Junior professorship for Andrea Trabattoni

DESY joins forces with Leibniz University of Hannover

Junior professor Andrea Trabattoni

Junior professor Andrea Trabattoni (Image: DESY).

laser-induced nucleon-electron interaction

Artist's impression of a laser-induced nucleon-electron interaction (Image: DESY).

There are very few people in the world who take a stab at watching and manipulating nuclear transitions by exploiting the surrounding electrons and tailored lasers. DESY’s Helmholtz young Investigators Group leader Andrea Trabattoni is one of them. He has just accepted a call as junior professor in Ultrafast Photoelectron Science at Leibniz University Hannover where he will join forces with their Ultrafast Laser Lab at the Institute of Quantum Optics.

"I am very pleased that Andrea Trabattoni's joint junior professorship will bring us closer together with Leibniz Universität Hannover in a first joint appointment," says Edgar Weckert, Director of Research with Photons at DESY. "This brings together the joint expertise in the highly interesting research field of ultrafast laser spectroscopy."

The research field that Trabattoni and his colleagues are working on is extremely ambitious – but very promising. The ultimate goal is to use lasers to control and manipulate electrons in processes connected with atomic nuclei. Generally speaking, nuclei are made up of protons and neutrons and are surrounded by a sort of cloud of electrons. Together, these two groups form atoms, and the electrons’ place is usually outside the nucleus. There is a plethora of processes in nature, however, in which electrons and nuclei interact and exchange energy. These processes are particularly important, for example, to track the solar activity or in the production of medical isotopes. “We know about these transitions but we don’t have control over them,” explains Andrea Trabattoni. “For some nuclear reactions, we would have to wait a thousand years or more. If we find the right knob of control, we may be able to steer them within a fraction of a second.”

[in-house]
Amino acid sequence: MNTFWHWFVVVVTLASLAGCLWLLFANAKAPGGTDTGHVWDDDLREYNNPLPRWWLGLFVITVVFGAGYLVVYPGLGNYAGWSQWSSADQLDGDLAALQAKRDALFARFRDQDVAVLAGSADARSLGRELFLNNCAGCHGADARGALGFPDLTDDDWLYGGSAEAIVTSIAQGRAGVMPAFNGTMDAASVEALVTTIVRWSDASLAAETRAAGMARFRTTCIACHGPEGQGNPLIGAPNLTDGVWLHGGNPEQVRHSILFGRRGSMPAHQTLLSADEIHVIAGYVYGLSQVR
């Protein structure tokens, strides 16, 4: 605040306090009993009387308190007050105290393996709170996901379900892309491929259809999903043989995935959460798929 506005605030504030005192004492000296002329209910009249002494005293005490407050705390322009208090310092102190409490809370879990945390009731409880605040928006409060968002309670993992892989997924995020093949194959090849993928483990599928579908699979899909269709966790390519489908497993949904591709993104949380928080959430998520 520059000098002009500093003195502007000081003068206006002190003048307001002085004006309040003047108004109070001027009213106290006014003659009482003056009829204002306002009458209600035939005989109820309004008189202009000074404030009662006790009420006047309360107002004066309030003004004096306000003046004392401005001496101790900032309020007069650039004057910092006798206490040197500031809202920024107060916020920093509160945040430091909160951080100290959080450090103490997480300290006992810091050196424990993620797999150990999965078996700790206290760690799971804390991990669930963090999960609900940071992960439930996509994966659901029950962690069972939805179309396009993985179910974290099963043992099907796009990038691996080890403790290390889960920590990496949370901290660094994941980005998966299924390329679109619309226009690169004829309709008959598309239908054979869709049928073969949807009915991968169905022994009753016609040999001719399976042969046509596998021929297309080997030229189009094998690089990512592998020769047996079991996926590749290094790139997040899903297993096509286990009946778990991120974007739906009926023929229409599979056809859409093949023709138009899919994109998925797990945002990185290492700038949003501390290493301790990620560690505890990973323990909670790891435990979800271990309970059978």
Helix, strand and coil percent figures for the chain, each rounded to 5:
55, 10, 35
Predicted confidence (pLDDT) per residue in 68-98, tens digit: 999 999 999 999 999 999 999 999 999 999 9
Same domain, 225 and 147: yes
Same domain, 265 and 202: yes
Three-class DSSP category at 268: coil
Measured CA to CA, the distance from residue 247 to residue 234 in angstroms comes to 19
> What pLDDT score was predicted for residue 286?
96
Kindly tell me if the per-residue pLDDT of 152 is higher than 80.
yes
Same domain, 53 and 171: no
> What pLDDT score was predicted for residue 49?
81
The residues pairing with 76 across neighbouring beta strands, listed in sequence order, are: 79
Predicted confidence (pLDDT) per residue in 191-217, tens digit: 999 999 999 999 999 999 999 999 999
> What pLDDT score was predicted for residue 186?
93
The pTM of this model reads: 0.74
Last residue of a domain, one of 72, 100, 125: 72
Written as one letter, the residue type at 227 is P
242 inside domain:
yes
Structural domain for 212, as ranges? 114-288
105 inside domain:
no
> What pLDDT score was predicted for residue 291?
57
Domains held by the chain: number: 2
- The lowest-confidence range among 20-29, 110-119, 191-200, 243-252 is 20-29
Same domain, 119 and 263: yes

This “knob of control” comes from laser light which has to be tailored in a way to mediate the interaction between nuclei and electrons. Currently, Trabattoni and his team are investigating this concept in special low-energy electron-nucleus transitions that can be triggered by table-top lasers. Once this pioneering work is done and well understood, they will start using high-energy light sources like PETRA III, FLASH and the European XFEL. If Trabattoni is successful with his research, we may be able in the future to produce medical isotopes with lasers or store information in atomic nuclei for quantum computing or even produce new lasers with gamma-ray photon energy.


(from DESY News)